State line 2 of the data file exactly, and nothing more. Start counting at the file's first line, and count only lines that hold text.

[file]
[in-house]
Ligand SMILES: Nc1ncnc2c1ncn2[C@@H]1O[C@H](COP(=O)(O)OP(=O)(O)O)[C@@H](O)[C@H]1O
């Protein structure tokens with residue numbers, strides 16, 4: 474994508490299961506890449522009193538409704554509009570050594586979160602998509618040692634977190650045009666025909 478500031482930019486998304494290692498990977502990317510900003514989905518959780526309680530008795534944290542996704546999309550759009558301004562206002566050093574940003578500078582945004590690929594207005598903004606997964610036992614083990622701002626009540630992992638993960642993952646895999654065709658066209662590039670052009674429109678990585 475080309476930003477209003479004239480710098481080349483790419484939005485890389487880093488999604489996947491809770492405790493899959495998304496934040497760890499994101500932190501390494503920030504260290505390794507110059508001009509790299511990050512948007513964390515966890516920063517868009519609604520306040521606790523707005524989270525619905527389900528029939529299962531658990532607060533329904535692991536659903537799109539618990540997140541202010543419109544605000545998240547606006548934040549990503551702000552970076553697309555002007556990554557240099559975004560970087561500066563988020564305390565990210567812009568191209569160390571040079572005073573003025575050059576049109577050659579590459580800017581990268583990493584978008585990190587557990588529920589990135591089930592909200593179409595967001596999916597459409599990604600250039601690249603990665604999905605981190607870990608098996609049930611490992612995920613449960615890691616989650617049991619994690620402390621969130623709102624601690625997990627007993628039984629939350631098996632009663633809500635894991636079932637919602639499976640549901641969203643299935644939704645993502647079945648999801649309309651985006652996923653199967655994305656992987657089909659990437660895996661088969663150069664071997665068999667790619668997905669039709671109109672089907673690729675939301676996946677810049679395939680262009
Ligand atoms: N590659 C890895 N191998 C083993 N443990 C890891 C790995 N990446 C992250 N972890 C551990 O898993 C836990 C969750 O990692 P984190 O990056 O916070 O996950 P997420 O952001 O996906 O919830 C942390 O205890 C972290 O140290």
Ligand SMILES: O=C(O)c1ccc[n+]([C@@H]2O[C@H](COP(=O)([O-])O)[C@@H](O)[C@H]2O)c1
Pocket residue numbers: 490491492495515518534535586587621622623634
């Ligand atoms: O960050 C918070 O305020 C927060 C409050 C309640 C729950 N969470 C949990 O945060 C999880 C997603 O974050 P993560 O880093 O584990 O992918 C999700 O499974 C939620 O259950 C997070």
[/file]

Ligand SMILES: Nc1ncnc2c1ncn2[C@@H]1O[C@H](COP(=O)(O)OP(=O)(O)O)[C@@H](O)[C@H]1O